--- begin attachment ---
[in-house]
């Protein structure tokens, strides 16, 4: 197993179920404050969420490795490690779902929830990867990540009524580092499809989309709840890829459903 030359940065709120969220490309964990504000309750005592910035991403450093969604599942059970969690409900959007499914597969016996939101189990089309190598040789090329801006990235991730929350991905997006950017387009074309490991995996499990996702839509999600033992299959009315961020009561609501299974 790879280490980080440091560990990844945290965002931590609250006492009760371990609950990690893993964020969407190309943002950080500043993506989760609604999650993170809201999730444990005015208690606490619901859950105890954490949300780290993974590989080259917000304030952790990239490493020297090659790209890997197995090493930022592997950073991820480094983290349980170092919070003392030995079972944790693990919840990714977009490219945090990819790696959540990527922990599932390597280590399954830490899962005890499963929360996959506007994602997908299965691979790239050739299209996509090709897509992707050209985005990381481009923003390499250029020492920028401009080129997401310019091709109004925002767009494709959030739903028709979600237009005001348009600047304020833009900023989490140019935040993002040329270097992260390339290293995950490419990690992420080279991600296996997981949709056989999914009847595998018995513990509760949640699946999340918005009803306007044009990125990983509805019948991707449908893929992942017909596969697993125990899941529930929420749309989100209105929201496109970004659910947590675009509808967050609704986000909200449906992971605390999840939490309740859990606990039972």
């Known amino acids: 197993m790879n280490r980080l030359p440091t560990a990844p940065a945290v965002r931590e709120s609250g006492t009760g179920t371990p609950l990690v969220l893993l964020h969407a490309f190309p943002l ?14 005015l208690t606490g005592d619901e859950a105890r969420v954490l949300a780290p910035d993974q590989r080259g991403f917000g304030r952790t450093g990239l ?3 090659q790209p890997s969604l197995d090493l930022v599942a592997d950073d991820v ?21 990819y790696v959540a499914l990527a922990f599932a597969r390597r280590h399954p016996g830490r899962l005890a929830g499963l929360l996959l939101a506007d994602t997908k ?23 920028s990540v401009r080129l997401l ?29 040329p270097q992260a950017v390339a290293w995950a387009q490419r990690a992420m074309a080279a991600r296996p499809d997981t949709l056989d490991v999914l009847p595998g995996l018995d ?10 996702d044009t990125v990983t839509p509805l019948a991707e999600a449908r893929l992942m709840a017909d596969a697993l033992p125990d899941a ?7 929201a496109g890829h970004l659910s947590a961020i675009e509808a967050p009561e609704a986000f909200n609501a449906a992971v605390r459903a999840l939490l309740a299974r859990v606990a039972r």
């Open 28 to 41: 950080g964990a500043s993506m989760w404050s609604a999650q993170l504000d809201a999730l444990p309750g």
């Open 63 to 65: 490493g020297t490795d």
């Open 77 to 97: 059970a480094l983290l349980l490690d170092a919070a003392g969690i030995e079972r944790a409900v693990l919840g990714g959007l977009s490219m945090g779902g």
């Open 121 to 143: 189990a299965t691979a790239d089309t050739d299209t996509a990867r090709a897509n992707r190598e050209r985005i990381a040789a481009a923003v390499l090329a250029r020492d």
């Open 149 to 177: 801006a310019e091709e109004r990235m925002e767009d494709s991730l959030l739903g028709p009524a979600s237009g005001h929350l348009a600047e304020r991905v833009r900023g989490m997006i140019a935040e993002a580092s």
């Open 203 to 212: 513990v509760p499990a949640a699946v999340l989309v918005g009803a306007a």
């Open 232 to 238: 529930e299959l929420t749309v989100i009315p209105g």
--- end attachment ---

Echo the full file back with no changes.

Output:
[in-house]
């Protein structure tokens, strides 16, 4: 197993179920404050969420490795490690779902929830990867990540009524580092499809989309709840890829459903 030359940065709120969220490309964990504000309750005592910035991403450093969604599942059970969690409900959007499914597969016996939101189990089309190598040789090329801006990235991730929350991905997006950017387009074309490991995996499990996702839509999600033992299959009315961020009561609501299974 790879280490980080440091560990990844945290965002931590609250006492009760371990609950990690893993964020969407190309943002950080500043993506989760609604999650993170809201999730444990005015208690606490619901859950105890954490949300780290993974590989080259917000304030952790990239490493020297090659790209890997197995090493930022592997950073991820480094983290349980170092919070003392030995079972944790693990919840990714977009490219945090990819790696959540990527922990599932390597280590399954830490899962005890499963929360996959506007994602997908299965691979790239050739299209996509090709897509992707050209985005990381481009923003390499250029020492920028401009080129997401310019091709109004925002767009494709959030739903028709979600237009005001348009600047304020833009900023989490140019935040993002040329270097992260390339290293995950490419990690992420080279991600296996997981949709056989999914009847595998018995513990509760949640699946999340918005009803306007044009990125990983509805019948991707449908893929992942017909596969697993125990899941529930929420749309989100209105929201496109970004659910947590675009509808967050609704986000909200449906992971605390999840939490309740859990606990039972």
């Known amino acids: 197993m790879n280490r980080l030359p440091t560990a990844p940065a945290v965002r931590e709120s609250g006492t009760g179920t371990p609950l990690v969220l893993l964020h969407a490309f190309p943002l ?14 005015l208690t606490g005592d619901e859950a105890r969420v954490l949300a780290p910035d993974q590989r080259g991403f917000g304030r952790t450093g990239l ?3 090659q790209p890997s969604l197995d090493l930022v599942a592997d950073d991820v ?21 990819y790696v959540a499914l990527a922990f599932a597969r390597r280590h399954p016996g830490r899962l005890a929830g499963l929360l996959l939101a506007d994602t997908k ?23 920028s990540v401009r080129l997401l ?29 040329p270097q992260a950017v390339a290293w995950a387009q490419r990690a992420m074309a080279a991600r296996p499809d997981t949709l056989d490991v999914l009847p595998g995996l018995d ?10 996702d044009t990125v990983t839509p509805l019948a991707e999600a449908r893929l992942m709840a017909d596969a697993l033992p125990d899941a ?7 929201a496109g890829h970004l659910s947590a961020i675009e509808a967050p009561e609704a986000f909200n609501a449906a992971v605390r459903a999840l939490l309740a299974r859990v606990a039972r």
């Open 28 to 41: 950080g964990a500043s993506m989760w404050s609604a999650q993170l504000d809201a999730l444990p309750g």
């Open 63 to 65: 490493g020297t490795d």
């Open 77 to 97: 059970a480094l983290l349980l490690d170092a919070a003392g969690i030995e079972r944790a409900v693990l919840g990714g959007l977009s490219m945090g779902g």
């Open 121 to 143: 189990a299965t691979a790239d089309t050739d299209t996509a990867r090709a897509n992707r190598e050209r985005i990381a040789a481009a923003v390499l090329a250029r020492d």
């Open 149 to 177: 801006a310019e091709e109004r990235m925002e767009d494709s991730l959030l739903g028709p009524a979600s237009g005001h929350l348009a600047e304020r991905v833009r900023g989490m997006i140019a935040e993002a580092s």
């Open 203 to 212: 513990v509760p499990a949640a699946v999340l989309v918005g009803a306007a």
């Open 232 to 238: 529930e299959l929420t749309v989100i009315p209105g």